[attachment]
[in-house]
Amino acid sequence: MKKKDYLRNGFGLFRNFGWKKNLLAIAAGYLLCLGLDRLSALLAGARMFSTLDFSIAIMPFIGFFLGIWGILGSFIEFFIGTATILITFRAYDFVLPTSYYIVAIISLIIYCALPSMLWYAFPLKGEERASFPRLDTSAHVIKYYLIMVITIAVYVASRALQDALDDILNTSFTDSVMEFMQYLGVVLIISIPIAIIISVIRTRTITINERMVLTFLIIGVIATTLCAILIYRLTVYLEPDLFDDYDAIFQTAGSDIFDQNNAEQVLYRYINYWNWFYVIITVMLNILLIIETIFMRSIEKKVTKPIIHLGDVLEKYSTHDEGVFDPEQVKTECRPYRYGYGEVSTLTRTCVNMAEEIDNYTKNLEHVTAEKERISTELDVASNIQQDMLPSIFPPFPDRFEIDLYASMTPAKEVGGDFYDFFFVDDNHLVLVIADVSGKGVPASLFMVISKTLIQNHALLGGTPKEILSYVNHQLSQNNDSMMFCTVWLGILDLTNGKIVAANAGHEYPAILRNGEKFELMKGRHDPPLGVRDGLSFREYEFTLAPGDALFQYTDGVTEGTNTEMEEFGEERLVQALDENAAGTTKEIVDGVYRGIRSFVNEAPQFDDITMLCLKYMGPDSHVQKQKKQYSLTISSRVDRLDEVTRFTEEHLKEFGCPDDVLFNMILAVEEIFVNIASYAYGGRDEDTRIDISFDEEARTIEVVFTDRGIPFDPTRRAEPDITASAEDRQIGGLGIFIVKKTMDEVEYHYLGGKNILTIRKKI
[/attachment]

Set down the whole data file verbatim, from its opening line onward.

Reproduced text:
[in-house]
Amino acid sequence: MKKKDYLRNGFGLFRNFGWKKNLLAIAAGYLLCLGLDRLSALLAGARMFSTLDFSIAIMPFIGFFLGIWGILGSFIEFFIGTATILITFRAYDFVLPTSYYIVAIISLIIYCALPSMLWYAFPLKGEERASFPRLDTSAHVIKYYLIMVITIAVYVASRALQDALDDILNTSFTDSVMEFMQYLGVVLIISIPIAIIISVIRTRTITINERMVLTFLIIGVIATTLCAILIYRLTVYLEPDLFDDYDAIFQTAGSDIFDQNNAEQVLYRYINYWNWFYVIITVMLNILLIIETIFMRSIEKKVTKPIIHLGDVLEKYSTHDEGVFDPEQVKTECRPYRYGYGEVSTLTRTCVNMAEEIDNYTKNLEHVTAEKERISTELDVASNIQQDMLPSIFPPFPDRFEIDLYASMTPAKEVGGDFYDFFFVDDNHLVLVIADVSGKGVPASLFMVISKTLIQNHALLGGTPKEILSYVNHQLSQNNDSMMFCTVWLGILDLTNGKIVAANAGHEYPAILRNGEKFELMKGRHDPPLGVRDGLSFREYEFTLAPGDALFQYTDGVTEGTNTEMEEFGEERLVQALDENAAGTTKEIVDGVYRGIRSFVNEAPQFDDITMLCLKYMGPDSHVQKQKKQYSLTISSRVDRLDEVTRFTEEHLKEFGCPDDVLFNMILAVEEIFVNIASYAYGGRDEDTRIDISFDEEARTIEVVFTDRGIPFDPTRRAEPDITASAEDRQIGGLGIFIVKKTMDEVEYHYLGGKNILTIRKKI